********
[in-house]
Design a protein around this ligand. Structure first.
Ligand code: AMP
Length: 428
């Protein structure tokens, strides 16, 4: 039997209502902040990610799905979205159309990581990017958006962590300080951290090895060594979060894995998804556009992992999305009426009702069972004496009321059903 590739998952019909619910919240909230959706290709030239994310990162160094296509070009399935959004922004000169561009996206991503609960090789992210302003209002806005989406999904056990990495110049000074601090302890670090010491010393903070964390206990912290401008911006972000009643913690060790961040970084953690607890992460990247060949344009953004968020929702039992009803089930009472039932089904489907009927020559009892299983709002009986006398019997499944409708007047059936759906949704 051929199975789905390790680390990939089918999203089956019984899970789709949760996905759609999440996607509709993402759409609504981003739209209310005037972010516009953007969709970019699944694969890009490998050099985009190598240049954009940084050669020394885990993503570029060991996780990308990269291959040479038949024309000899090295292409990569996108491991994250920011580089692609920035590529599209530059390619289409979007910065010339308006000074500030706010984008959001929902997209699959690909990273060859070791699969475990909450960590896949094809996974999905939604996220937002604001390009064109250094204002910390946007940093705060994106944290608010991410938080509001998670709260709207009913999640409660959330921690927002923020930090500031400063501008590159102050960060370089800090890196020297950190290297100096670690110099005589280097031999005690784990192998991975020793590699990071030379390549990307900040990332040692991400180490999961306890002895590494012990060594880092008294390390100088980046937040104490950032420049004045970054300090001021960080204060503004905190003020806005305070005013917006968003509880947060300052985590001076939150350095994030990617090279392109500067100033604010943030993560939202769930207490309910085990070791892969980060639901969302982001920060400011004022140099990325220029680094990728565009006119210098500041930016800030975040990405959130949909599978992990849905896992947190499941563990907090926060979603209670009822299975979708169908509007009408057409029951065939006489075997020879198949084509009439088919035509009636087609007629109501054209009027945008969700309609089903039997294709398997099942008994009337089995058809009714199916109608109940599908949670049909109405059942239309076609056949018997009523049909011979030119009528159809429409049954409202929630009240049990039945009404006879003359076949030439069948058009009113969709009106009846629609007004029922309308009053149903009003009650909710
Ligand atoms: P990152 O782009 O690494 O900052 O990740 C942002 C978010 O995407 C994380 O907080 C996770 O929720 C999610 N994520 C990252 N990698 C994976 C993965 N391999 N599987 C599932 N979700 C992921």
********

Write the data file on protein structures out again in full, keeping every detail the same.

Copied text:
[in-house]
Design a protein around this ligand. Structure first.
Ligand code: AMP
Length: 428
């Protein structure tokens, strides 16, 4: 039997209502902040990610799905979205159309990581990017958006962590300080951290090895060594979060894995998804556009992992999305009426009702069972004496009321059903 590739998952019909619910919240909230959706290709030239994310990162160094296509070009399935959004922004000169561009996206991503609960090789992210302003209002806005989406999904056990990495110049000074601090302890670090010491010393903070964390206990912290401008911006972000009643913690060790961040970084953690607890992460990247060949344009953004968020929702039992009803089930009472039932089904489907009927020559009892299983709002009986006398019997499944409708007047059936759906949704 051929199975789905390790680390990939089918999203089956019984899970789709949760996905759609999440996607509709993402759409609504981003739209209310005037972010516009953007969709970019699944694969890009490998050099985009190598240049954009940084050669020394885990993503570029060991996780990308990269291959040479038949024309000899090295292409990569996108491991994250920011580089692609920035590529599209530059390619289409979007910065010339308006000074500030706010984008959001929902997209699959690909990273060859070791699969475990909450960590896949094809996974999905939604996220937002604001390009064109250094204002910390946007940093705060994106944290608010991410938080509001998670709260709207009913999640409660959330921690927002923020930090500031400063501008590159102050960060370089800090890196020297950190290297100096670690110099005589280097031999005690784990192998991975020793590699990071030379390549990307900040990332040692991400180490999961306890002895590494012990060594880092008294390390100088980046937040104490950032420049004045970054300090001021960080204060503004905190003020806005305070005013917006968003509880947060300052985590001076939150350095994030990617090279392109500067100033604010943030993560939202769930207490309910085990070791892969980060639901969302982001920060400011004022140099990325220029680094990728565009006119210098500041930016800030975040990405959130949909599978992990849905896992947190499941563990907090926060979603209670009822299975979708169908509007009408057409029951065939006489075997020879198949084509009439088919035509009636087609007629109501054209009027945008969700309609089903039997294709398997099942008994009337089995058809009714199916109608109940599908949670049909109405059942239309076609056949018997009523049909011979030119009528159809429409049954409202929630009240049990039945009404006879003359076949030439069948058009009113969709009106009846629609007004029922309308009053149903009003009650909710
Ligand atoms: P990152 O782009 O690494 O900052 O990740 C942002 C978010 O995407 C994380 O907080 C996770 O929720 C999610 N994520 C990252 N990698 C994976 C993965 N391999 N599987 C599932 N979700 C992921």